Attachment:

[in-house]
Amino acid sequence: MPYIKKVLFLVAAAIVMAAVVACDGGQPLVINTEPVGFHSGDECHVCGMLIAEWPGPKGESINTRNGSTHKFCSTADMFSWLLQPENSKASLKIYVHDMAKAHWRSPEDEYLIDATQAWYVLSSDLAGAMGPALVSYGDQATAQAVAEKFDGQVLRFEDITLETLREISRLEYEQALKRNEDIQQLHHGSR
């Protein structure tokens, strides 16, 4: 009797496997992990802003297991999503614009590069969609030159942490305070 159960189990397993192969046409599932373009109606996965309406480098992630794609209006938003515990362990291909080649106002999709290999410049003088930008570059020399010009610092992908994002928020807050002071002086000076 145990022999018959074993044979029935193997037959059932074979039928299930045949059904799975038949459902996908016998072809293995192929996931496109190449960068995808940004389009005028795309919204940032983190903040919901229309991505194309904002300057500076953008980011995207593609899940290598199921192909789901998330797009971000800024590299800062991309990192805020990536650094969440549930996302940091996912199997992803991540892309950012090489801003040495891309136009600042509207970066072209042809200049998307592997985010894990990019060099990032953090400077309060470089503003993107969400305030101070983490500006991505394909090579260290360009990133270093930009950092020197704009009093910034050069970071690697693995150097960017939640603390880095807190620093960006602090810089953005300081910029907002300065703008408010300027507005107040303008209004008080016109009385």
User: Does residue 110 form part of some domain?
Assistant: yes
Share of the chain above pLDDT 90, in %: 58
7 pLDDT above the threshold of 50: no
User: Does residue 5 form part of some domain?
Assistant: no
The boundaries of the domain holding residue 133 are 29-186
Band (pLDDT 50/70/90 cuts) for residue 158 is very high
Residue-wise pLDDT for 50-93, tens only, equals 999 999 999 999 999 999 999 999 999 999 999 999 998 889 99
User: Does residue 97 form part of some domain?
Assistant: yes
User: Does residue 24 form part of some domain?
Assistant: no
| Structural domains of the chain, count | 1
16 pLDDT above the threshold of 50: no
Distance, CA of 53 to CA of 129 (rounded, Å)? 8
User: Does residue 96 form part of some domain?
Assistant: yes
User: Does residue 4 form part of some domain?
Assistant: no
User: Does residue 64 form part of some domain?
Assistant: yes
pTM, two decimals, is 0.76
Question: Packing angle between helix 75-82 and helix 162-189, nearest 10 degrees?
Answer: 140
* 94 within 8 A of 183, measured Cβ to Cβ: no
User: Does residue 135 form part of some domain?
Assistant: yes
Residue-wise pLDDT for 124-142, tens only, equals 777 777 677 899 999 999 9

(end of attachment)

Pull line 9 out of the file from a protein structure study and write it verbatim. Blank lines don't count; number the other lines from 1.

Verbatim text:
Assistant: no